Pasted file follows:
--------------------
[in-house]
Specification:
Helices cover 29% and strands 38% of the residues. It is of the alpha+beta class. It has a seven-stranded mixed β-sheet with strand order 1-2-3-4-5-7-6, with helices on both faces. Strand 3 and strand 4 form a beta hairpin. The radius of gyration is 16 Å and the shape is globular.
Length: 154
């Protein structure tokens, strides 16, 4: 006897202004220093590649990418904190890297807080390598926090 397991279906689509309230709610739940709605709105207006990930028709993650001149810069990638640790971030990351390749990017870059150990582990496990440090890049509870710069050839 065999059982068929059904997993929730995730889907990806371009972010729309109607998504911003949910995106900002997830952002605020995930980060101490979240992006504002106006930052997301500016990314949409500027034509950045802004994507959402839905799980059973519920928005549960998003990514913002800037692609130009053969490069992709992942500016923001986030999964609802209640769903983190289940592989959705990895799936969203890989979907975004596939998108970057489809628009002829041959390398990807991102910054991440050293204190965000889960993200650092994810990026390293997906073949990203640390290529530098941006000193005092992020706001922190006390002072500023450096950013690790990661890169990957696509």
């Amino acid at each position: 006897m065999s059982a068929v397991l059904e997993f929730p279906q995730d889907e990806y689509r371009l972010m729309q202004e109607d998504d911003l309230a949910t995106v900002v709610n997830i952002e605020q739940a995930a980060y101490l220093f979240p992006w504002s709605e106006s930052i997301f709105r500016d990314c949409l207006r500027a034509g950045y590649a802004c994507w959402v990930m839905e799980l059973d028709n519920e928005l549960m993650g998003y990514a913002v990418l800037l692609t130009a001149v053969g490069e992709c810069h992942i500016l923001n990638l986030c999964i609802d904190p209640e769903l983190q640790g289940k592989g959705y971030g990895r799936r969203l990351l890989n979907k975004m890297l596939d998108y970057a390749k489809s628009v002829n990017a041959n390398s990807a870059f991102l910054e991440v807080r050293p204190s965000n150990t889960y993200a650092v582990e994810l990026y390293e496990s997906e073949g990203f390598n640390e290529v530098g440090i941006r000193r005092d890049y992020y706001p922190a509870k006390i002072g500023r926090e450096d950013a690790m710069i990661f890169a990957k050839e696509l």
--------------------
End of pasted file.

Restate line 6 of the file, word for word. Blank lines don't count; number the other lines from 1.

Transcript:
């Amino acid at each position: 006897m065999s059982a068929v397991l059904e997993f929730p279906q995730d889907e990806y689509r371009l972010m729309q202004e109607d998504d911003l309230a949910t995106v900002v709610n997830i952002e605020q739940a995930a980060y101490l220093f979240p992006w504002s709605e106006s930052i997301f709105r500016d990314c949409l207006r500027a034509g950045y590649a802004c994507w959402v990930m839905e799980l059973d028709n519920e928005l549960m993650g998003y990514a913002v990418l800037l692609t130009a001149v053969g490069e992709c810069h992942i500016l923001n990638l986030c999964i609802d904190p209640e769903l983190q640790g289940k592989g959705y971030g990895r799936r969203l990351l890989n979907k975004m890297l596939d998108y970057a390749k489809s628009v002829n990017a041959n390398s990807a870059f991102l910054e991440v807080r050293p204190s965000n150990t889960y993200a650092v582990e994810l990026y390293e496990s997906e073949g990203f390598n640390e290529v530098g440090i941006r000193r005092d890049y992020y706001p922190a509870k006390i002072g500023r926090e450096d950013a690790m710069i990661f890169a990957k050839e696509l």